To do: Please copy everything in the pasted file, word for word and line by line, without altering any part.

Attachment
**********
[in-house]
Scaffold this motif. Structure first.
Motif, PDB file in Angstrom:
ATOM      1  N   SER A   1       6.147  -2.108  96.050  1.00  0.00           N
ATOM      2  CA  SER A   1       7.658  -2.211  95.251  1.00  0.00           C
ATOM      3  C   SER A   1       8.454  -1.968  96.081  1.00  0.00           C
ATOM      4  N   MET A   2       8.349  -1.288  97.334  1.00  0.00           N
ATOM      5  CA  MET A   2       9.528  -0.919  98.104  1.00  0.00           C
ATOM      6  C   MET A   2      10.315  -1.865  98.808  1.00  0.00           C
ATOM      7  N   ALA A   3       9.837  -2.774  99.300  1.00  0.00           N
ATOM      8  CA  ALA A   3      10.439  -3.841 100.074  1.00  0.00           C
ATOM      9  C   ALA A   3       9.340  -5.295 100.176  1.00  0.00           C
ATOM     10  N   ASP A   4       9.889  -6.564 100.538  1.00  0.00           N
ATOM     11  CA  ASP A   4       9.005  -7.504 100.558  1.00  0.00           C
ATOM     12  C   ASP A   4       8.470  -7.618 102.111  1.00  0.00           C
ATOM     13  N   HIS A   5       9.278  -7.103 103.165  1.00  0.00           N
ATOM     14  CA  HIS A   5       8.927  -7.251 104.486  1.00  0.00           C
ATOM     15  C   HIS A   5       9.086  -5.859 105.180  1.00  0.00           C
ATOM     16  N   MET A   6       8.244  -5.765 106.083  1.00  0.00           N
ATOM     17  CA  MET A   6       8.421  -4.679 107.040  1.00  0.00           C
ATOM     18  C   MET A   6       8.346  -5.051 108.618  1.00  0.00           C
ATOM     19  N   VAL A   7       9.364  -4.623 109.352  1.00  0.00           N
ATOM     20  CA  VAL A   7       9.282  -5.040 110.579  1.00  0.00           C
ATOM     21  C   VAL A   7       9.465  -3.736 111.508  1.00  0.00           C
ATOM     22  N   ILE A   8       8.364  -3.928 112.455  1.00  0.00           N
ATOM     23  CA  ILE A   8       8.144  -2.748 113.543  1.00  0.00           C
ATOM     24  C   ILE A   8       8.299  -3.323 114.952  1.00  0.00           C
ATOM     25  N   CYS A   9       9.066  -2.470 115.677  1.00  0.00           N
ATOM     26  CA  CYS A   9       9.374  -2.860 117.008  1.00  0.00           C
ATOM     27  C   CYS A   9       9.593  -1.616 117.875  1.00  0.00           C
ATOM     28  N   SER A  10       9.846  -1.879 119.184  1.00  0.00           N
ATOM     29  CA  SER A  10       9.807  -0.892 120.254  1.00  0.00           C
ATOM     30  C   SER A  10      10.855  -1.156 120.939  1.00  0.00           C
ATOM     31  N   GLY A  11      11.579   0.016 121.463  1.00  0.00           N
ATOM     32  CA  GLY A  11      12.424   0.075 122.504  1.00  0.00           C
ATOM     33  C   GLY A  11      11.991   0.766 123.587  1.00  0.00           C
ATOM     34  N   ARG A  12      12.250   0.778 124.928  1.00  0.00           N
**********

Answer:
[in-house]
Scaffold this motif. Structure first.
Motif, PDB file in Angstrom:
ATOM      1  N   SER A   1       6.147  -2.108  96.050  1.00  0.00           N
ATOM      2  CA  SER A   1       7.658  -2.211  95.251  1.00  0.00           C
ATOM      3  C   SER A   1       8.454  -1.968  96.081  1.00  0.00           C
ATOM      4  N   MET A   2       8.349  -1.288  97.334  1.00  0.00           N
ATOM      5  CA  MET A   2       9.528  -0.919  98.104  1.00  0.00           C
ATOM      6  C   MET A   2      10.315  -1.865  98.808  1.00  0.00           C
ATOM      7  N   ALA A   3       9.837  -2.774  99.300  1.00  0.00           N
ATOM      8  CA  ALA A   3      10.439  -3.841 100.074  1.00  0.00           C
ATOM      9  C   ALA A   3       9.340  -5.295 100.176  1.00  0.00           C
ATOM     10  N   ASP A   4       9.889  -6.564 100.538  1.00  0.00           N
ATOM     11  CA  ASP A   4       9.005  -7.504 100.558  1.00  0.00           C
ATOM     12  C   ASP A   4       8.470  -7.618 102.111  1.00  0.00           C
ATOM     13  N   HIS A   5       9.278  -7.103 103.165  1.00  0.00           N
ATOM     14  CA  HIS A   5       8.927  -7.251 104.486  1.00  0.00           C
ATOM     15  C   HIS A   5       9.086  -5.859 105.180  1.00  0.00           C
ATOM     16  N   MET A   6       8.244  -5.765 106.083  1.00  0.00           N
ATOM     17  CA  MET A   6       8.421  -4.679 107.040  1.00  0.00           C
ATOM     18  C   MET A   6       8.346  -5.051 108.618  1.00  0.00           C
ATOM     19  N   VAL A   7       9.364  -4.623 109.352  1.00  0.00           N
ATOM     20  CA  VAL A   7       9.282  -5.040 110.579  1.00  0.00           C
ATOM     21  C   VAL A   7       9.465  -3.736 111.508  1.00  0.00           C
ATOM     22  N   ILE A   8       8.364  -3.928 112.455  1.00  0.00           N
ATOM     23  CA  ILE A   8       8.144  -2.748 113.543  1.00  0.00           C
ATOM     24  C   ILE A   8       8.299  -3.323 114.952  1.00  0.00           C
ATOM     25  N   CYS A   9       9.066  -2.470 115.677  1.00  0.00           N
ATOM     26  CA  CYS A   9       9.374  -2.860 117.008  1.00  0.00           C
ATOM     27  C   CYS A   9       9.593  -1.616 117.875  1.00  0.00           C
ATOM     28  N   SER A  10       9.846  -1.879 119.184  1.00  0.00           N
ATOM     29  CA  SER A  10       9.807  -0.892 120.254  1.00  0.00           C
ATOM     30  C   SER A  10      10.855  -1.156 120.939  1.00  0.00           C
ATOM     31  N   GLY A  11      11.579   0.016 121.463  1.00  0.00           N
ATOM     32  CA  GLY A  11      12.424   0.075 122.504  1.00  0.00           C
ATOM     33  C   GLY A  11      11.991   0.766 123.587  1.00  0.00           C
ATOM     34  N   ARG A  12      12.250   0.778 124.928  1.00  0.00           N